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Can You Move Out of State with Your Child after Divorce?

After divorce, many people are eager to start new relationships or embark on an exciting career. Now seems like a great time to try something new, and your journey might take you out of Texas. However, if you have children with your ex, you cannot automatically relocate with your child. Your ex still has important parental rights, which includes the right to see their children as spelled out in the custody agreement.

At Tad Nelson & Associates, our Galveston family law attorneys have helped parents hoping to relocate. Disagreements do not end once a divorce is complete, and this could turn out to be a bitterly contested issue. Call us if you have questions about moving.

Will the Other Parent Agree to the Move?

This is the primary consideration. If your ex is fine with you moving to Louisiana or California or Illinois, then there shouldn’t be much of a problem. It’s only when your ex disagrees with the move that you could potentially have a court fight.

Ask your ex if they are opposed to you moving with the children. If they regularly see your child, then the answer is probably “yes.” But every family is different. Some parents lose touch with their children as the years roll by, or your child might be close to 18 in any event.

Remember that a move can also impact support, such as paying for the child’s transportation to visit the other parent. These expenses usually increase after a move out of state.

Obtaining Court Permission to Move

Your custody agreement probably contains a geographic restriction. In many cases, parents can move anywhere in the same county or possibly to an adjacent county without needing permission from the other parent or a judge. That makes sense, really. The whole goal of a parenting plan is to ensure both parents have access to their children. A short move away doesn’t really interfere with that access.

But a move out of state certainly will alter the other parent’s relationship. For that reason, you will need to convince a judge to modify the custody arrangement. You will need to explain to the court why you want to move and why it benefits your child.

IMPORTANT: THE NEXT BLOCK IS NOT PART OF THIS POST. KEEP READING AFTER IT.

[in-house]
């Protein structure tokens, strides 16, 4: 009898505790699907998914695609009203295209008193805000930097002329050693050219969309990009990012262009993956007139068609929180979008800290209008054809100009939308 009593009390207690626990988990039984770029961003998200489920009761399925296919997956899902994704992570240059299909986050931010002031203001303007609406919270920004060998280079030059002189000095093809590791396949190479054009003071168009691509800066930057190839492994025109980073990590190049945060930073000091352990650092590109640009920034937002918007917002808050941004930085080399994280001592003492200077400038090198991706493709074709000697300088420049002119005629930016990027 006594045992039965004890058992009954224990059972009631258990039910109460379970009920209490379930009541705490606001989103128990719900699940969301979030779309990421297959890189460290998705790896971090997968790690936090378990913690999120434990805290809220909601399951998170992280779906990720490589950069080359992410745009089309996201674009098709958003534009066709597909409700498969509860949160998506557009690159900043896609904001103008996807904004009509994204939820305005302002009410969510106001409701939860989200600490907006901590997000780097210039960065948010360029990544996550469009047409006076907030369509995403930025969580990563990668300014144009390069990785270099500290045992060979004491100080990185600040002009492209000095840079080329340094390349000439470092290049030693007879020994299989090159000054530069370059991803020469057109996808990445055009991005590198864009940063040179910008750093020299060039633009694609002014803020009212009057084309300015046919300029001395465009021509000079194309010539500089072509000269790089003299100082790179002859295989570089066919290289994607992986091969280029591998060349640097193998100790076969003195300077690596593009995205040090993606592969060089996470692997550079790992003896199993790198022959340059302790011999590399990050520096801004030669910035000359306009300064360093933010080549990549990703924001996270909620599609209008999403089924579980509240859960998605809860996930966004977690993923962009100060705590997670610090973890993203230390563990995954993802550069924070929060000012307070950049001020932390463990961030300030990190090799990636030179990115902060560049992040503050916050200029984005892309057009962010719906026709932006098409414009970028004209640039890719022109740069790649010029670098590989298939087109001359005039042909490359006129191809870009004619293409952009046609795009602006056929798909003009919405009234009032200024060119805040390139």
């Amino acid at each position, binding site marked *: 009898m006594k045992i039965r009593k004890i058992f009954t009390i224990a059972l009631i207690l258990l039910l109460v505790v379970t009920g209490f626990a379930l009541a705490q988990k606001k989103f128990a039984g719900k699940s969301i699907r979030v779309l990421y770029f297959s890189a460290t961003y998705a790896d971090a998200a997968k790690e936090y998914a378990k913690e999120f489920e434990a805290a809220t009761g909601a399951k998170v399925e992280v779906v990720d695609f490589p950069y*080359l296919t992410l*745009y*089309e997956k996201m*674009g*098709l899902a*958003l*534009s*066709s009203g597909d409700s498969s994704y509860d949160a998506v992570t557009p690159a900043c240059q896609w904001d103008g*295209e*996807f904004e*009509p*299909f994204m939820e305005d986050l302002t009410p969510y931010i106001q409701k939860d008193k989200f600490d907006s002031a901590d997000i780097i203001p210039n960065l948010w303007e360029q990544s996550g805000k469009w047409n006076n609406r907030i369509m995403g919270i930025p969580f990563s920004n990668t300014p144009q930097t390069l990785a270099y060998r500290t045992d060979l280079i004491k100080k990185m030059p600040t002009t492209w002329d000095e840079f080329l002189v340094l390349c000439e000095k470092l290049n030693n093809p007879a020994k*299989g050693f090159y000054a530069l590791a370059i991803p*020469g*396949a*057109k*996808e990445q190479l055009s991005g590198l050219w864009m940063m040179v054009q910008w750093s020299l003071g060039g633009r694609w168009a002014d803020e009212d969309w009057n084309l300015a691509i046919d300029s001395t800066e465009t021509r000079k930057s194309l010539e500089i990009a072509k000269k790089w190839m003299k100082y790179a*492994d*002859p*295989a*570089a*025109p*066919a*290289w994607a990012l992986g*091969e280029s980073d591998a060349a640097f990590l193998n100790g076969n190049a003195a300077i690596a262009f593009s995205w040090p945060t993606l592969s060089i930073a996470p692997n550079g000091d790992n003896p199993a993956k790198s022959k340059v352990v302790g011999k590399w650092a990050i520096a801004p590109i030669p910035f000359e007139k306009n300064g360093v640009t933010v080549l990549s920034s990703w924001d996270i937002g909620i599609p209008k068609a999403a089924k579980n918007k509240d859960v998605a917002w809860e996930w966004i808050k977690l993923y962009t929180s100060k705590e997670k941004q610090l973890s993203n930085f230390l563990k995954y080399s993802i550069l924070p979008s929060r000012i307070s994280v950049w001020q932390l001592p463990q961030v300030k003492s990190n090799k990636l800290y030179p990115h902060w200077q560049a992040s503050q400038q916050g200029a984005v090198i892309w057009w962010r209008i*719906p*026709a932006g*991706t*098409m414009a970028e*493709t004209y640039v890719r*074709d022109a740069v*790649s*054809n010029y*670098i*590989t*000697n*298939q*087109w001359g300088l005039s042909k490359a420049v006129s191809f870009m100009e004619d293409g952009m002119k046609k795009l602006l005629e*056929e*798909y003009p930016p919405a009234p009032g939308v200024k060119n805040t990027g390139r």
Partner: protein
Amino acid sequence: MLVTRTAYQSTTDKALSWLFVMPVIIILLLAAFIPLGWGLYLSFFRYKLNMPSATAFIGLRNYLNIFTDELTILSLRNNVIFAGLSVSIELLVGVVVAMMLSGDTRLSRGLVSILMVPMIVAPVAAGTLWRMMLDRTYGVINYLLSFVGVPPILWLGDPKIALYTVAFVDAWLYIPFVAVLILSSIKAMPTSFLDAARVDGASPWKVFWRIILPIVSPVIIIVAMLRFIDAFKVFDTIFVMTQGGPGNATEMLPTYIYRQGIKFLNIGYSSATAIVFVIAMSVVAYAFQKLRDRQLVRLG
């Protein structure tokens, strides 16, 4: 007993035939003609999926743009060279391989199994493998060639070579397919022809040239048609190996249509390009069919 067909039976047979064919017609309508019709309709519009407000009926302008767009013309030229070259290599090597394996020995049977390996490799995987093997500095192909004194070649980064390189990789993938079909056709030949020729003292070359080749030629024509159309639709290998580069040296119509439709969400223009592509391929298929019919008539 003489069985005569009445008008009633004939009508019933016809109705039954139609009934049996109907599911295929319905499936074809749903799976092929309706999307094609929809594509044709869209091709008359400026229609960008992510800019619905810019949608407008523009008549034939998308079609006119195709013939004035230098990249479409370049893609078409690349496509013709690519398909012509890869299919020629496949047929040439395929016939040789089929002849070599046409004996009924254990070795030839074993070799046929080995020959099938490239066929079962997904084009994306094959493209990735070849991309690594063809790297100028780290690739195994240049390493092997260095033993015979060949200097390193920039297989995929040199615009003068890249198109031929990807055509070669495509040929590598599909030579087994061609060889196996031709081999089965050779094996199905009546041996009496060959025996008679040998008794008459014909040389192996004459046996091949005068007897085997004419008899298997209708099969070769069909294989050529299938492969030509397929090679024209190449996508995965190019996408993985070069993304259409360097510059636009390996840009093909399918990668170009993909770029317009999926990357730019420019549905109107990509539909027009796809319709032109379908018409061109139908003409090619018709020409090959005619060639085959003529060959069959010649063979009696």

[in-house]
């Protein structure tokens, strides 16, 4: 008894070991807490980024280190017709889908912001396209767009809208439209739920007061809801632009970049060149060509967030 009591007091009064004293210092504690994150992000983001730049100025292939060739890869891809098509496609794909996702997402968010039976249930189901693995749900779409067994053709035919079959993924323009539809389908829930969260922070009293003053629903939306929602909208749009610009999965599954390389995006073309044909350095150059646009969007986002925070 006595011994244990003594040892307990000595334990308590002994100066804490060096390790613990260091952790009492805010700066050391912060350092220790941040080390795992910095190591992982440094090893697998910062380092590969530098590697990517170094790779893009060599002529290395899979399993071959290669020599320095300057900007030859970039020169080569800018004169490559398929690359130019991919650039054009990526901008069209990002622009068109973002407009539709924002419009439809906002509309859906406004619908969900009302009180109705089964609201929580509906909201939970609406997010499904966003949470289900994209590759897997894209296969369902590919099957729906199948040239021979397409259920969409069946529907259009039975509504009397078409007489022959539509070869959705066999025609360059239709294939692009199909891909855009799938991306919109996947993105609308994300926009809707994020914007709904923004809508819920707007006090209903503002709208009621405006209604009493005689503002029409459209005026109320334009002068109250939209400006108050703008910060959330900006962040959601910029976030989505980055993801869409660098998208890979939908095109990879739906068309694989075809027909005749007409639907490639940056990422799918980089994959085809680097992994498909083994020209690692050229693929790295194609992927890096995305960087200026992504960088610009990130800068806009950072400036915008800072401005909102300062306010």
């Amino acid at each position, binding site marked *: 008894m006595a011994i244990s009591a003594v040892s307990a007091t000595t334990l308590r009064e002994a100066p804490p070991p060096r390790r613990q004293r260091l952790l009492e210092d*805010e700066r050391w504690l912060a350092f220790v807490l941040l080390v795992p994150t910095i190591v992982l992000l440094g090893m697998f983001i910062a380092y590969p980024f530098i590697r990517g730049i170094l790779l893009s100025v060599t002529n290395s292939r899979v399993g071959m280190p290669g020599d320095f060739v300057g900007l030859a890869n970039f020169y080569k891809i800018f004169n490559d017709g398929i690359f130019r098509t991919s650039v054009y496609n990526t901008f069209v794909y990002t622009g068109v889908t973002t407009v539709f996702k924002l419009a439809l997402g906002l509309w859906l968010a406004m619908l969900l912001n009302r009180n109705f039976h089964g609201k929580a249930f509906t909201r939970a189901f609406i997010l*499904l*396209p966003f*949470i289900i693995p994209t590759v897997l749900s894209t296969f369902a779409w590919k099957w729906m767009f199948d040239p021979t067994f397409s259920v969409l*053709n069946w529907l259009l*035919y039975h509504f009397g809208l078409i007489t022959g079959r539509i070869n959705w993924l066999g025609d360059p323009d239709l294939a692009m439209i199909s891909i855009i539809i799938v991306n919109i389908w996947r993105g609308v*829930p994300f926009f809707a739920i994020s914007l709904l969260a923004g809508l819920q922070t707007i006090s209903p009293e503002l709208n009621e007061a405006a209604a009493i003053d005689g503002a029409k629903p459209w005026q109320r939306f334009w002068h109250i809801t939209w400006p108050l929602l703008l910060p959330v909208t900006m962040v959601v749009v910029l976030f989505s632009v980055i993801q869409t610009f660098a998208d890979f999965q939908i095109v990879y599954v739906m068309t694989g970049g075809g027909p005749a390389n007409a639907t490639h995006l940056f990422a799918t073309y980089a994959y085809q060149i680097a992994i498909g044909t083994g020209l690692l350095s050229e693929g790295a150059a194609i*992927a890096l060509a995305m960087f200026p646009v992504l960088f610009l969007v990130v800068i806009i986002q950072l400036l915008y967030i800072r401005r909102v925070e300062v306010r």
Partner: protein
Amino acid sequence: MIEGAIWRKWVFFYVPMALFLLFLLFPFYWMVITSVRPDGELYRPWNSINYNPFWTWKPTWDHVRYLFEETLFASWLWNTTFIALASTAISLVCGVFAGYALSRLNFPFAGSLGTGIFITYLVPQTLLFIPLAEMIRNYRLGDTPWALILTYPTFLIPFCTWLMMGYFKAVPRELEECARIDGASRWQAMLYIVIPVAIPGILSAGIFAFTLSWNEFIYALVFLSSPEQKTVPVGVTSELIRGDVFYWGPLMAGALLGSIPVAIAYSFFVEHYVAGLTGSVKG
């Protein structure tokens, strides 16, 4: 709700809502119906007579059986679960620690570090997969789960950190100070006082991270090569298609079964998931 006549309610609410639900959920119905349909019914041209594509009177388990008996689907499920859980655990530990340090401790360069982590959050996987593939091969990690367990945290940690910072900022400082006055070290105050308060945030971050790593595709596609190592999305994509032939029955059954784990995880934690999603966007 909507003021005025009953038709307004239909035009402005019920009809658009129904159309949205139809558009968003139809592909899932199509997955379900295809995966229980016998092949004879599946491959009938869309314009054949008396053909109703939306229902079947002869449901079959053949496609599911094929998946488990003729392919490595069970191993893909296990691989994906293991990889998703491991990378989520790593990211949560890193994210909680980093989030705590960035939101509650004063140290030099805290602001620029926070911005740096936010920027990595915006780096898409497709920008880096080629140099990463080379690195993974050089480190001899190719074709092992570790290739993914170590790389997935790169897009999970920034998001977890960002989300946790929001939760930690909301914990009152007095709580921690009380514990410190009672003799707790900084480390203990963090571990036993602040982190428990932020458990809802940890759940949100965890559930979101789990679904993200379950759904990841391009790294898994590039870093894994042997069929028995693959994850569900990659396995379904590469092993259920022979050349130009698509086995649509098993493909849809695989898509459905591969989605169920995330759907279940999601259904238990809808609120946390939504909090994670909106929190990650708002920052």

Judges only modify custody if it is in your child’s best interest to do so. That is the same test the judge used when deciding custody in the first place, and it considers many factors:

  • Your child’s age
  • Your child’s relationship with each parent
  • Whether your new living arrangement will benefit the child
  • How the move will alter the other parent’s relationship with the child
  • Whether parents can effectively coparent after the move

A lawyer is an excellent resource when trying to convince a judge that the move will benefit your child.

Your Reason for Moving Matters, Too

This is also a factor a judge will consider. Many parents seek to relocate to:

  • Take a new job
  • Enter a new relationship
  • Enroll in an educational program, such as college
  • Be closer to family
  • Enroll their child in a better school
  • Escape a violent relationship

Judges are less likely to approve relocation if they suspect you are trying to make it harder for the other parent to see their kids. You can bolster your case by finding documentation that supports your motivation for moving. For example, if you are enrolling in a graduate program in Arizona, you need to explain why you can’t pursue the same degree here at one of the many universities in Texas. If you are moving for a new job, you should ideally explain how it will benefit your child (e.g., higher income) and why you can’t find an equivalent job closer to home.

You Could Lose Custody

Parents are always free to move on their own. You only need a court’s permission if you want to take your child with you. If a judge won’t agree, then you face a choice: you can move and leave your child behind or you can stay.

This is a difficult decision. You should discuss it with your Galveston family law attorney. If you choose to move, you should still revise the parenting plan so that you have time with your children. For example, they might visit you in the summer and stay for 3 months while staying in school in Texas with the other parent. We can negotiate any changes to the custody arrangement to preserve your relationship with your children.

Helping Parents Move On after Divorce

Contact our firm for other helpful information about how to legally relocate with your children.